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Huskies Hoping To Prevent OSU's Midseason Turnaround
Release: 10/13/2006
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Oct. 13, 2006

SEATTLE (AP) -- Tyrone Willingham looked at Oregon State's roster and stats and grew perplexed.

Willingham, Washington's coach, saw an offense that has the second-best running back in the Pac-10 Conference in Yvenson Bernard, and a defense that statistically is the third-best unit in the conference.

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Then he looked at the Beavers record -- 2-3 overall, 0-2 conference -- and Willingham was even more puzzled.

"You struggle to find an explanation for it," he said. "I'm struggling with that aspect of it."

While Willingham can't understand the Beavers' struggles, the Oregon State faithful are downright frustrated and expressing their displeasure as the Beavers travel to Seattle on Saturday to face the Huskies.

During last week's 13-6 loss to Washington State, signs in the Oregon State crowd called for the ousting of coach Mike Riley and additional playing time for freshman quarterback Sean Canfield. Starting quarterback Matt Moore was heckled mercilessly by the Beavers' student section, and Moore snapped, screaming at a fan.

"That is a rule from day one. We don't talk with people," Riley said. "Literally from day one, no matter what is going on, whether you are traveling or at home, there's always someone trying to get you and you don't do that."

Adding to the pressure, Al Reser, who donated an estimated $20 million to the school, and has his last name on the Beavers' stadium, told The Oregonian that the current direction of the program is "unacceptable."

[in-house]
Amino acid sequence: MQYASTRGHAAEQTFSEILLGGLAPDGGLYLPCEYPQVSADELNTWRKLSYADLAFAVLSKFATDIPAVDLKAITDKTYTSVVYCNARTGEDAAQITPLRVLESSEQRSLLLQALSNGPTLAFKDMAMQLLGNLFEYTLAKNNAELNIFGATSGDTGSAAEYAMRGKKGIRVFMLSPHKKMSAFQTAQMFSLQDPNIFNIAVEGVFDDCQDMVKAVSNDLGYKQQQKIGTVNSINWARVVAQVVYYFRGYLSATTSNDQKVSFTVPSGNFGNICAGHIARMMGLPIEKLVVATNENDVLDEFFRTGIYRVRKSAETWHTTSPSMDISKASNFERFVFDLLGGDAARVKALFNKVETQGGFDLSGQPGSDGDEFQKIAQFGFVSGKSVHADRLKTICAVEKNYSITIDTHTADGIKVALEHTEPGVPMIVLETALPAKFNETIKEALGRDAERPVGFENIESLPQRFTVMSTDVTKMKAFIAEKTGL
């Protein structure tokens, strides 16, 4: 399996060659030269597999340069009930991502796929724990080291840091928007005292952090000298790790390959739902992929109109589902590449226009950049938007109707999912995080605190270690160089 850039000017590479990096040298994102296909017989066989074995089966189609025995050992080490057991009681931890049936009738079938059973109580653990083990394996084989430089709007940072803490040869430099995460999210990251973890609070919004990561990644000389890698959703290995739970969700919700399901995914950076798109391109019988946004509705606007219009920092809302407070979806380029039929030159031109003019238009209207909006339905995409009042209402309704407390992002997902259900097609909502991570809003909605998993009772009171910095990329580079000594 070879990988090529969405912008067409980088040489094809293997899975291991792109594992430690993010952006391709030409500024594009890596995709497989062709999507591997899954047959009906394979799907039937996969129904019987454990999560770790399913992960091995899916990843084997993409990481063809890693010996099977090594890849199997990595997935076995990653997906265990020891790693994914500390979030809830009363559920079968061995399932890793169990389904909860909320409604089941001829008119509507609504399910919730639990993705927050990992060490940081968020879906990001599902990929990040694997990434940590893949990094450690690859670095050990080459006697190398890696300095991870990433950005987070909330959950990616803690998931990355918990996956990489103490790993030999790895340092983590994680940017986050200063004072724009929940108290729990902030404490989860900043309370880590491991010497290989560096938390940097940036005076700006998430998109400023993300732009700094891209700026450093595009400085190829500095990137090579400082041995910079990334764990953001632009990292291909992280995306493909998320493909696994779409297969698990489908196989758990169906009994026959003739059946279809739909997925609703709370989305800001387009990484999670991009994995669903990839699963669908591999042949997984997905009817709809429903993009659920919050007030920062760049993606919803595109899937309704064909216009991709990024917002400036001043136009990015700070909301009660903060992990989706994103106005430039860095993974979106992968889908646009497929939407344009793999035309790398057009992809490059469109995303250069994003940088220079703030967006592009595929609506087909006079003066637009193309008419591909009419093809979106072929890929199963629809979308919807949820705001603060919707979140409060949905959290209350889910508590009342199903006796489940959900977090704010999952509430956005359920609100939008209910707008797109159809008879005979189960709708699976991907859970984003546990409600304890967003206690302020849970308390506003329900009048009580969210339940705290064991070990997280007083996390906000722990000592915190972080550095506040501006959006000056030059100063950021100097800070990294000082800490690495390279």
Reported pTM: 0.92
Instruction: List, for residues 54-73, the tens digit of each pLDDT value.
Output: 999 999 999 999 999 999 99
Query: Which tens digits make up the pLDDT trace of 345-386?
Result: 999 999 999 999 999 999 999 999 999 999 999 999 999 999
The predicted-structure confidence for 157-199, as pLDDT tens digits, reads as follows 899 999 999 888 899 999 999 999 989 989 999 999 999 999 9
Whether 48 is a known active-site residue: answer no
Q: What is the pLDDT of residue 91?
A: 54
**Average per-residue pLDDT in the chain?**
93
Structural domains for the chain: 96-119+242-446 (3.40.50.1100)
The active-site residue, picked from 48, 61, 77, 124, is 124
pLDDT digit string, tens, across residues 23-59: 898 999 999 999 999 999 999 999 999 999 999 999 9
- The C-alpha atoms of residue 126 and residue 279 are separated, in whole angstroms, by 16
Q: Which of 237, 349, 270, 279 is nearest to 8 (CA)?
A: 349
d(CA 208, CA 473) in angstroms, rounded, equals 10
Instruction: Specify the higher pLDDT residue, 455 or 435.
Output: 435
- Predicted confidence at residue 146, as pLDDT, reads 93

There is a serious burden on the Beavers to try and reverse the downward trajectory of their season -- sliding away since losing a 14-0 lead in a 42-14 loss at Boise State last month. Moore's poor play and Riley's reluctance to yank his senior quarterback have made the pair targets for blame, although the coach continues to stand by Moore.

"I'm concerned about how we're doing too," Riley said. "All we're doing is focusing on getting better. I like this team, it's a growing team ... but we've got plenty to do."

Then, perhaps, getting away from Corvallis is best for the Beavers, looking to somehow turn around a season that has seen their only wins come against Division I-AA Eastern Washington and Idaho.

Seattle might be that place.

The Beavers' last Pac-10 win came on Nov. 5, 2005, an 18-10 win over the Huskies in a miserable rain and wind storm, when kicker Alexis Serna tied a conference record with six field goals. In his last two games against Washington, Serna is 11-for-11 on field goal attempts.

Oregon State has won two in a row at Husky Stadium and has a chance to win three consecutive games in Seattle for the first time since the 1940s. But the Beavers have dropped their last four conference games since beating the Huskies last year and the players aren't oblivious to the fan backlash, especially toward Moore.

"I'm sure it hasn't been easy on Matt and it hasn't been easy on the team seeing that whole deal going on," tight end Joe Newton said. "We know the whole situation. He has our support, but it has been a little rough."

Last year's loss to the Beavers represented the bottom for Washington quarterback Isaiah Stanback. Trying to throw in the miserable conditions, Stanback was benched in the second half after completing just 5 of 12 passes. Instead of sulking, Stanback has rebounded to lead Washington to five wins in its last eight games.

This week's challenge is putting aside the disappointing finish of last Saturday's 26-20 loss to No. 3 Southern California, when Washington failed to get a play off from the Trojans' 15 with two seconds left. Many considered the narrow defeat by the Trojans a moral victory for Washington and another sign of the rapid turnaround the Huskies are making in Willingham's second year.

Stanback didn't want to hear talk like that.

"We lost, it sucks," Stanback said. "I don't have moral victories. I want to win every game."

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